The theory that ruled the field for 100 years or more, and is still accepted in much recent writing, is the so-called Documentary Hypothesis. This holds that the Pentateuch was composed by putting together a small number of earlier writings, known as ‘documents.’ Generally these are known as the ‘Yahwist’ document, or J, the ‘Elohist,’ or E, the ‘Priestly’ document, or ‘priestly code,’ P, and the Deuteronomist, D. The books from Genesis to Numbers are seen as composed out of J, E, and P, all three of which are thought of as broadly covering the whole story, while most of Deuteronomy belongs to D. J and E are responsible for most of the narrative in Genesis, Exodus, and Numbers, while to P is attributed a thin strand of narrative, and large blocks of ritual material such as the instructions for the Tabernacle in Exodus and the ritual laws in Leviticus and Numbers. The laws in Leviticus 18-26 are attributed to a separate code related to P and known as the ‘Holiness Code,’ or H. The separation of the documents was first carried through in Genesis, where J is distinguished by its use of the divine name YHWH, while E and P use elohim, ‘God’; the revelation of the divine name in Exodus 3 and 6 is attributed to E and P respectively.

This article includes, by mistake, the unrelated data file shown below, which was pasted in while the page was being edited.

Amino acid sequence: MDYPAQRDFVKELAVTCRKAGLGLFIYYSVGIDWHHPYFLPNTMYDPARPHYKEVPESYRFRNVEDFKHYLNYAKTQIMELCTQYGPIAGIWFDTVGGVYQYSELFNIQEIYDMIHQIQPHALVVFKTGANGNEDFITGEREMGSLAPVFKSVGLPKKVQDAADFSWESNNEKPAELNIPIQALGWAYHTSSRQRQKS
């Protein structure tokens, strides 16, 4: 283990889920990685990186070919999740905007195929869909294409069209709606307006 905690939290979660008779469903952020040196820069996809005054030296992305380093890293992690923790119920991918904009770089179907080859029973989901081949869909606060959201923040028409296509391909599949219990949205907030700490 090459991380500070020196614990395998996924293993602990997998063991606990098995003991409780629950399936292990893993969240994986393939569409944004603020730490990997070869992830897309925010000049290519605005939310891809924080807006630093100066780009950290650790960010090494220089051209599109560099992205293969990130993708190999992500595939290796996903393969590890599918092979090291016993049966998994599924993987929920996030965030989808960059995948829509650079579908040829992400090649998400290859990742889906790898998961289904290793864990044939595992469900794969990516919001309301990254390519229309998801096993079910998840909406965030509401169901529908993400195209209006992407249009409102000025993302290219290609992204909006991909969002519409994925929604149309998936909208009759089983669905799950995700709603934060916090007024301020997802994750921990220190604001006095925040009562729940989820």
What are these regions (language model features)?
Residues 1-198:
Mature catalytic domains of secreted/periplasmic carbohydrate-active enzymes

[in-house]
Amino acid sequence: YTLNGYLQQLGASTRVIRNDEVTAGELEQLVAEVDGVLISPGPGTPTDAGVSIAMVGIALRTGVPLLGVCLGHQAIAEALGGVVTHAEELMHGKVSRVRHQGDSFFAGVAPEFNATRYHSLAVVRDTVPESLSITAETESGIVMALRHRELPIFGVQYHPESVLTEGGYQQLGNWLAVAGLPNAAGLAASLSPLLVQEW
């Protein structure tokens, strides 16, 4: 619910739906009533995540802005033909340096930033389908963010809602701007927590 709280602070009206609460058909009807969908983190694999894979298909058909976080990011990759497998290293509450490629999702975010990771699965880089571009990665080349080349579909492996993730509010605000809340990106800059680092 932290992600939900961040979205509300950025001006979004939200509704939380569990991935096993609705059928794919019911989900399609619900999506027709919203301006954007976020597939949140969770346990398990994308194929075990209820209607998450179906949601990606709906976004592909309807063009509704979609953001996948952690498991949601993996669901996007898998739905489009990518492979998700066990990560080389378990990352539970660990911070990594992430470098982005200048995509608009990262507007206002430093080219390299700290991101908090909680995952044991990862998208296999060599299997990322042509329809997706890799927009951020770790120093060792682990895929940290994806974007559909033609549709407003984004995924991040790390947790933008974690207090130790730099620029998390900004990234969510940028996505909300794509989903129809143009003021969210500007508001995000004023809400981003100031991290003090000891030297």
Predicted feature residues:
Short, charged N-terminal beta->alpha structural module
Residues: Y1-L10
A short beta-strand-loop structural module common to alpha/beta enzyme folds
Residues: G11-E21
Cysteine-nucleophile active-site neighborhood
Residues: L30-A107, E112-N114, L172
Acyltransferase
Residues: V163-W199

Julius Wellhausen, a scholar of the late 19th century, took up the widely accepted connection of D with the reform of King Josiah related in 2 Kings 22-23 (622 BCE) and argued that P takes the reforms for granted while J and E show no knowledge of them: thus J and E would have originated earlier in the monarchy and P in or after the Babylonian exile. This dating was generally accepted for a long time, and still is by many. More recently, doubt has been cast on the early date of J, and on the separate existence of E. Others, chiefly in Israel, have argued for a much earlier date for P. But it is generally agreed that none of the documents originated from a single author: all have developed over time.

Alternative views

Some have argued strongly that the idea of a covenant between YHWH and Israel, which is a key turning point in Exodus (in J and E) and dominates much of Deuteronomy, originates in the Babylonian exile. If this is accepted, it undermines the Documentary Hypothesis radically, at least as formulated by Wellhausen, because it means that the non-priestly material, including Deuteronomy, can only have reached its present form in the 6th century BCE at earliest.